In some methods, the island is not unlike a village in the rural United States, where it ended up being harder and harder to earn a living from farming and children left in droves.
The initial inhabitants were a household called Chan from China’s Guangdong province who farmed salt– the island’s name implies “Little Salt Farm” in English.
Many of the Chan descendants relocated to more metropolitan parts of Hong Kong looking for work or a various sort of life. Others left the area totally.
These days, Yim Tin Tsai is no longer formally deserted. It’s house to one part-time homeowner, a volunteer who works as caretaker. This volunteer and neighborhood agent, Colin Chan, resides in the close-by town of Sai Kung– and, as you might have thought by his surname, he’s a descendant of the Chan clan.
There’s a little museum and present store throughout from the ferryboat pier, along with– perhaps most significantly– public toilets.
An abandoned home near the ferryboat dock.
Lilit Marcus/ CNN
To get to the island, get a kaito– a little motorized wood boat typically utilized as a ferryboat in between smaller sized islands– from the pier in the beachside neighborhood of SaiKung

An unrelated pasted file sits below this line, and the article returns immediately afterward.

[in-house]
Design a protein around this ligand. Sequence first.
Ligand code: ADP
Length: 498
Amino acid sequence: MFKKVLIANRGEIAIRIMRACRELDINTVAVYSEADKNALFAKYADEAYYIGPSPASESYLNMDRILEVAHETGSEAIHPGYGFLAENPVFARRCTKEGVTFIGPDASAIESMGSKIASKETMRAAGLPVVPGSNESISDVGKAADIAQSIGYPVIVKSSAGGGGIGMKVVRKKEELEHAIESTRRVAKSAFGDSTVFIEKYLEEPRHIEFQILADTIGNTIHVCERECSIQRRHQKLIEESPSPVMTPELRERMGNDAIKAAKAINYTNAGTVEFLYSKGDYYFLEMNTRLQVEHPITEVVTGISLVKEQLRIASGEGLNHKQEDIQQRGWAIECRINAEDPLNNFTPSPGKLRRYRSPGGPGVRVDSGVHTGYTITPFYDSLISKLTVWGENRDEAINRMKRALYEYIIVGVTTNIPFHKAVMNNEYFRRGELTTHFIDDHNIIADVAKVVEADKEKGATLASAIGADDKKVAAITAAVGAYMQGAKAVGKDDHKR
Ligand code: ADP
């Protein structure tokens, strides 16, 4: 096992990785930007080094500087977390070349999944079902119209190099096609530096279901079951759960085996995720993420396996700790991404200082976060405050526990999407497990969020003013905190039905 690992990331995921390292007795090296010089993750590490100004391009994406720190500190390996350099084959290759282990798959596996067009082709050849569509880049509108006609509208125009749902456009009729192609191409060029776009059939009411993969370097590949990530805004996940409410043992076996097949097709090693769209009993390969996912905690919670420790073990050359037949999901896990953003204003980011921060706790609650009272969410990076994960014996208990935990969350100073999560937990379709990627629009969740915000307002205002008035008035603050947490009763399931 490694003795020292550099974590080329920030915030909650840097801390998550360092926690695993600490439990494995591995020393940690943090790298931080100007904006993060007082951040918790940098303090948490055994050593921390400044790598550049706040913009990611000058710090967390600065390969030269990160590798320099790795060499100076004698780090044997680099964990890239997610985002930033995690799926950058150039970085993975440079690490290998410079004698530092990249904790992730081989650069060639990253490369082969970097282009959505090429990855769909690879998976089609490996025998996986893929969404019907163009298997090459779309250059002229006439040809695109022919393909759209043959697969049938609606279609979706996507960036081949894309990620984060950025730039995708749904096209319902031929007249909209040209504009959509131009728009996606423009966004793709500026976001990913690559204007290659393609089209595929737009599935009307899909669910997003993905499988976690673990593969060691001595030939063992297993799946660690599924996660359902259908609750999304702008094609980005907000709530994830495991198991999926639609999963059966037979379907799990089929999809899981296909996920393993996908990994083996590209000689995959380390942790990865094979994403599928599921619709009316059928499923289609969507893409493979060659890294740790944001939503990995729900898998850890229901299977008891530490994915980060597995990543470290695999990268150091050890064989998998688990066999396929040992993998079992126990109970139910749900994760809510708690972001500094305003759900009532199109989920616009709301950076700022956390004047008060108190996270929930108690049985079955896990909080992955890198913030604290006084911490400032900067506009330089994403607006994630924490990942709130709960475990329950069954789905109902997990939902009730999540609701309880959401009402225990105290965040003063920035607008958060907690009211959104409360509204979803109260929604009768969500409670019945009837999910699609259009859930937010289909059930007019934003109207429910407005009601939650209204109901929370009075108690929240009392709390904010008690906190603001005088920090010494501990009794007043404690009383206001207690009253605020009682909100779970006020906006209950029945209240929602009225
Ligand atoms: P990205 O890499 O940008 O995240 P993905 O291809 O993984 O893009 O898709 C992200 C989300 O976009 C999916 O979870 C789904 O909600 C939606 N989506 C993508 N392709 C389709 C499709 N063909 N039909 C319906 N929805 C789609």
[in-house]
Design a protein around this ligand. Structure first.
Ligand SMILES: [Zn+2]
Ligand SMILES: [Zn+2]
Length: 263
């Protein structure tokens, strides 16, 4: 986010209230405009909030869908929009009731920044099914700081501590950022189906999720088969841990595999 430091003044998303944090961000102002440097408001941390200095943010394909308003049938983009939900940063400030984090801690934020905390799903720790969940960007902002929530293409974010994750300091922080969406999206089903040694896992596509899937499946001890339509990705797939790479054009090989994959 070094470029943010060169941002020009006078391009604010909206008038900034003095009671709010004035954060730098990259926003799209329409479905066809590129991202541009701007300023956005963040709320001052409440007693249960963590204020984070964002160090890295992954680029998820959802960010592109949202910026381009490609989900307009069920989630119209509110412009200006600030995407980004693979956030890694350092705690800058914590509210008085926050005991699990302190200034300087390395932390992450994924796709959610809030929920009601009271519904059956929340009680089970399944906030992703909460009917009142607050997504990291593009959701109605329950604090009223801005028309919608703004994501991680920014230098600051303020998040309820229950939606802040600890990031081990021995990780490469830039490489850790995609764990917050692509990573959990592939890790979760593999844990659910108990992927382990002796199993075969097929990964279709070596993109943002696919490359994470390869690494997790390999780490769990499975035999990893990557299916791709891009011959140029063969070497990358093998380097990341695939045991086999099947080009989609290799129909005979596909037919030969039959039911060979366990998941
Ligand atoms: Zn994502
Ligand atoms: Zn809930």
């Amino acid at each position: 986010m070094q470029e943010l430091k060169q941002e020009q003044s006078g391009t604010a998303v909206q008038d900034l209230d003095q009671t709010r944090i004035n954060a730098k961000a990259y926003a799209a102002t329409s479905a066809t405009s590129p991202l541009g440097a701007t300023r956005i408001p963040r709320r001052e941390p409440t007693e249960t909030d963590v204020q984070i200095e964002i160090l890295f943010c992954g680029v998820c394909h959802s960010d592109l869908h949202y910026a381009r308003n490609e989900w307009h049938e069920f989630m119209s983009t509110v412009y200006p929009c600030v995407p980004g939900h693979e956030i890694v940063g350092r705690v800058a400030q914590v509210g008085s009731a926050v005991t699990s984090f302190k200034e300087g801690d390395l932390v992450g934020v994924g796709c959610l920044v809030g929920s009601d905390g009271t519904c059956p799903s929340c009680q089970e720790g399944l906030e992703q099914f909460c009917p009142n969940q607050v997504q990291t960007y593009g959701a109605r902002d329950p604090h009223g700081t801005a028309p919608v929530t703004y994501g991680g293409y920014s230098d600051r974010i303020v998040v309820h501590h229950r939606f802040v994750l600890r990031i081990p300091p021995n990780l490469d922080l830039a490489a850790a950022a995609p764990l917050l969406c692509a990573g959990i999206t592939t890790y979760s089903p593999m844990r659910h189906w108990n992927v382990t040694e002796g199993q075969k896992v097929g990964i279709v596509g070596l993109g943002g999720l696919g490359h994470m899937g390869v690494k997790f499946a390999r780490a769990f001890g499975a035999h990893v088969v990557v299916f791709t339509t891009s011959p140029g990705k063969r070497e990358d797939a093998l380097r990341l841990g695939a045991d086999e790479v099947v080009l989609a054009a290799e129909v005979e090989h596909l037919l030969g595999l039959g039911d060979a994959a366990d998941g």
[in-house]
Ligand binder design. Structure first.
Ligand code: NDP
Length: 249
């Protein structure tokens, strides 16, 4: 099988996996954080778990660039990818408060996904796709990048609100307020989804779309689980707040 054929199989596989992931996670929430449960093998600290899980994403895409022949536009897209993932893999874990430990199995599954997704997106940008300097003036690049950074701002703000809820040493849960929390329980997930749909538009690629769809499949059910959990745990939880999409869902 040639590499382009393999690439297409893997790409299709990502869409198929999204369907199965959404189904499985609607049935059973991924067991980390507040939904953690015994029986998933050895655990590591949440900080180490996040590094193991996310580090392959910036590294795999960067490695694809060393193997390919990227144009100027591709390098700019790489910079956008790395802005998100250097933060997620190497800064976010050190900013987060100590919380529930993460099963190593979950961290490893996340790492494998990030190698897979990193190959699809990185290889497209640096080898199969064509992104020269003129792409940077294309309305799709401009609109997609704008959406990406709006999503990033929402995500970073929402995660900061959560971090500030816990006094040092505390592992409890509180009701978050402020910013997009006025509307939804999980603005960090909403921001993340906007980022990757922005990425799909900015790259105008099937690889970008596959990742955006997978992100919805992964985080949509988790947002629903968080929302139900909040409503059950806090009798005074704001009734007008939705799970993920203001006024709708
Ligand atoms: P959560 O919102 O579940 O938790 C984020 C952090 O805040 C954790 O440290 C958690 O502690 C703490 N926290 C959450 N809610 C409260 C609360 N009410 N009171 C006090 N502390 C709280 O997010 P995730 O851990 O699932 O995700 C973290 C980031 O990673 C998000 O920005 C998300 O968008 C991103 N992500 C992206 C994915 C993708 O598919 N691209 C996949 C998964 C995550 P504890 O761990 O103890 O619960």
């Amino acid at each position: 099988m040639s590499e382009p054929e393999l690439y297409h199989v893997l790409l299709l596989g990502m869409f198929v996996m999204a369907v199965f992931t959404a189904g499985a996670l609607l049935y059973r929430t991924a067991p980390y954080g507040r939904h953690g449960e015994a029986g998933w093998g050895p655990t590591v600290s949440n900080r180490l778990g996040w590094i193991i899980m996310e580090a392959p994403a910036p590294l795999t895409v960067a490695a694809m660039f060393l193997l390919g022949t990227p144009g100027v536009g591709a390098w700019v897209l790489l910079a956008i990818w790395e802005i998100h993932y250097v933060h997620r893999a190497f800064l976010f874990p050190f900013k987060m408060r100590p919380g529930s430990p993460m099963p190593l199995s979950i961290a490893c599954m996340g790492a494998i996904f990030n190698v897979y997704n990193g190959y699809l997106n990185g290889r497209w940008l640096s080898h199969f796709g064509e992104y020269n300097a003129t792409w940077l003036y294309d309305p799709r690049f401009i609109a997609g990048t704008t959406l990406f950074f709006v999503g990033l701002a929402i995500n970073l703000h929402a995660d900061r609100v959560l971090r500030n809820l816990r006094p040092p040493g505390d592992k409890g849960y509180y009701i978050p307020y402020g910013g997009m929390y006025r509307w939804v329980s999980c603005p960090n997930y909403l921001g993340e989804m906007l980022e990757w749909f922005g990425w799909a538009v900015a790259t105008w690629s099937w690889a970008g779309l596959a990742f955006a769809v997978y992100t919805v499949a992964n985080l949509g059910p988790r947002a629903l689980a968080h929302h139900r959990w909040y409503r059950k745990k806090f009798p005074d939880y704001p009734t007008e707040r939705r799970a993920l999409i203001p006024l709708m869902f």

These boats just work on weekends and vacations, although if you are attempting to arrive throughout the week you might have the ability to employ a boat from the business that line the waterside.
After the brief flight out to Yim Tin Tsai (about 15 minutes, depending upon the weather condition), you’ll take a straight off of the dock and instantly begin strolling through a series of abandoned houses and other structures.
Some individuals left furnishings and other individual possessions behind with them when they moved away, and years of direct exposure to Hong Kong’s hot, rainy weather condition has actually left them in numerous states of disrepair.
Walking along the path, you’ll pass homes with their roofing systems collapsed, Buddha statues looking at you from empty windows and other scary scenes.
But not whatever on the island has actually been abandoned to the components.
Yim Tin Tsai was greatly Catholic in its prime time.
The best-preserved website on the island isSt Joseph’s Cathedral, which has a remarkable red and white altar inside.
The structure was finished and consecrated in 1890, and there is a statue ofRev Josef Freinademetz, an Austrian priest and missionary who concerned Hong Kong in 1879, in the gardens behind it.
Freinademetz developed the Catholic chapel on Yim Tin Tsai and after his death was canonized as a saint by Pope John Paul II.
Catholics in Hong Kong commemorate Freinademetz saint’s day every year on January 29.
Lilit Marcus/ CNN
There’s another development appearing on Yim Tin Tsai nowadays: an art job that utilizes stained glass to illustrate scenes from common town life.
There are intend to hold a 2nd yearly celebration in 2020, although the coronavirus pandemic might put those intend on hold.
Either method, it’s clear that Yim Tin Tsai has actually handled a 2nd life well beyond its salt harvesting days.